The Orff Approach was developed by German-Austrian composer Carl Orff (1895-1982) and his colleague Gunild Keetman. Originally titled Schulwerk (literally “schoolwork”), Orff and Keetman set out to create a classroom environment that would be most beneficial for musical learning.
Music as Playtime
The Orff Approach believes children learn best in an environment that mirrors their play or pretend world. Teachers create an atmosphere that integrates the abstract with the real, helping students bridge the gap between what they hear while listening to music, and what they see when reading notation or looking/touching an instrument. This playful approach alleviates the pressure of examination or assessment on children and fosters feelings of equality. Children are more likely to find joy in group work, and pride in their individual contributions.
The Importance of Movement
Like many modern music education techniques, the Orff Approach is heavily influenced by the movement work of Dalcroze and his Eurhythmics methodology. Children are encouraged to move their bodies to the beat in order to internalize rhythmic structure. While Dalcroze’s method emphasizes fluid movements, Orff’s tend to be crisp and sharp.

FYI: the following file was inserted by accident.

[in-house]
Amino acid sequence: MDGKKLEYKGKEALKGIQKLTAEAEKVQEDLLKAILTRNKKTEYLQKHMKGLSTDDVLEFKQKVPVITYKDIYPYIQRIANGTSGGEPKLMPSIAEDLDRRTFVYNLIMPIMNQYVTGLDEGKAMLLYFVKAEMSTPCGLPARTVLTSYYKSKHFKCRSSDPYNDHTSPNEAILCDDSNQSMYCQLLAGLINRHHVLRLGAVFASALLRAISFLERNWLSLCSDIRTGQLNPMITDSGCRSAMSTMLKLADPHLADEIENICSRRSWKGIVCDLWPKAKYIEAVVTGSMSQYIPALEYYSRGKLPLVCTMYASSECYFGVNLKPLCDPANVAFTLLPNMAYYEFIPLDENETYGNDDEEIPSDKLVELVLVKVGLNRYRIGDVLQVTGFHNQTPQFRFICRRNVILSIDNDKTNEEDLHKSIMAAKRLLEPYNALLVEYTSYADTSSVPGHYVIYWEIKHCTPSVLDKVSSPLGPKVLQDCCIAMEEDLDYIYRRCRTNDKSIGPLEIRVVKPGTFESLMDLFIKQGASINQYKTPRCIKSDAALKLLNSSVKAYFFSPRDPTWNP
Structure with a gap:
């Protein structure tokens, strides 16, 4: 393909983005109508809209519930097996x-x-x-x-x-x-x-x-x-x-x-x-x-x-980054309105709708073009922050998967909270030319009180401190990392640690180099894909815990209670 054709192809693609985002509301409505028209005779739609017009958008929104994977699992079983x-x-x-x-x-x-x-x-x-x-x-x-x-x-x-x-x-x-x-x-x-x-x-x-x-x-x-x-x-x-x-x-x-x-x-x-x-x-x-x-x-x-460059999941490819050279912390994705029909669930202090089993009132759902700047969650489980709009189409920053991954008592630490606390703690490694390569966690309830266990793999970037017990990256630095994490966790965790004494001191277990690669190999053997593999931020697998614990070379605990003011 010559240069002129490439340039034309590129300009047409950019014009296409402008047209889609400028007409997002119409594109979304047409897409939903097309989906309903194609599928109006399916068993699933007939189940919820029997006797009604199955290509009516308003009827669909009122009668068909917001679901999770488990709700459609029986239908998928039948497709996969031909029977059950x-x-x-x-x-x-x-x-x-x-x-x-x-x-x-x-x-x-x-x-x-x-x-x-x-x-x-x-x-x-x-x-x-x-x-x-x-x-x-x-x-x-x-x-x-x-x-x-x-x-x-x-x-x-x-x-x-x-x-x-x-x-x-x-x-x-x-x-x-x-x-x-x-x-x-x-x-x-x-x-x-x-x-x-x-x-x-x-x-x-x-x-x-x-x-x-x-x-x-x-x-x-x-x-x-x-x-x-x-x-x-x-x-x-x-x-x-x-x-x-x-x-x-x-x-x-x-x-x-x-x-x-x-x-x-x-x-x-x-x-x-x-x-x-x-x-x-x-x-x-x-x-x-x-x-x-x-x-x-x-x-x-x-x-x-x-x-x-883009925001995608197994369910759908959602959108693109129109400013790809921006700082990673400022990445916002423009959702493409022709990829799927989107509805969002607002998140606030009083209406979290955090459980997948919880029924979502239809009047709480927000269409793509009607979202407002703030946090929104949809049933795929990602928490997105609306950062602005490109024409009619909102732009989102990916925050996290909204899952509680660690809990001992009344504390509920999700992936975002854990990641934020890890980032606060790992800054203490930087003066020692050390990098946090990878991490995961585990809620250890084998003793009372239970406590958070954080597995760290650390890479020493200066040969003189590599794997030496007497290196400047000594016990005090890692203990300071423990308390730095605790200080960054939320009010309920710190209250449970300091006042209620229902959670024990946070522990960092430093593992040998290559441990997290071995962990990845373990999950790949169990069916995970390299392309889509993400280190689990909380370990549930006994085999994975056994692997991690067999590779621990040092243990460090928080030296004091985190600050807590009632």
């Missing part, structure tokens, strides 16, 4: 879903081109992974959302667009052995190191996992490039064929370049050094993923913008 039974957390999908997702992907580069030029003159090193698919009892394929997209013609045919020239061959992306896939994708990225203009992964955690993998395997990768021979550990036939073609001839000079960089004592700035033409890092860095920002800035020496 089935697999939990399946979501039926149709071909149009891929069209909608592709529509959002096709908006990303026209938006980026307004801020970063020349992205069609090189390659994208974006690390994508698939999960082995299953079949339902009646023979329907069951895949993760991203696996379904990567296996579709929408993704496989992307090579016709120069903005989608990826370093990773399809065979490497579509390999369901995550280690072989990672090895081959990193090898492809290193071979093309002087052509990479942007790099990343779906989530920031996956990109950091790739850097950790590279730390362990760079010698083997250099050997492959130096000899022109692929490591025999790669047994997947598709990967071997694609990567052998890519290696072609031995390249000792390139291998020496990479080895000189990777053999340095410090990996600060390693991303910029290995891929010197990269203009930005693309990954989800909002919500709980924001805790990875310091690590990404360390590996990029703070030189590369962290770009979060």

Stages of Orff Approach
Imitation — A leader performs a simple melody or rhythmic pattern and the group repeats back the performance.
Exploration — Children have the opportunity to explore sound possibilities on Orff instruments and their own vocal and physical abilities.
Improvisation & Composition — After learning how to use Orff instruments and sing melodies, children are encouraged to create their own melodies and perform with and for others.
Instruments and Songs
One of the hallmarks of the Orff Method is the incorporation of percussive instruments. Miniature xylophones, marimbas, glockenspiels, metallophones, drums, and even recorders are all introduced to children. These accompany the singing of simple pentatonic melodies and songs. Like his contemporary Kodály, Orff used folk songs and lullabies that were already familiar to children to teach the structure of music. These songs, being so well known, could be improvised upon and turned into rounds or different musical sequences.
Unlike the Suzuki Method, the Orff Approach is not a fully systemized or stepwise program. Orff gave great value to improvisation, which extended to his recommendations for teaching. Creative musical thought, he stressed, should be developed in children by working within a tonal playing sphere. Additionally, Orff believed the piano or violin to be too advanced for young children to learn, while Suzuki based his method on the violin. And while Orff and Kodály both used mainly folk songs, the implementation of Orff’s percussive instruments is a stark difference to Kodály’s acapella choral songbook.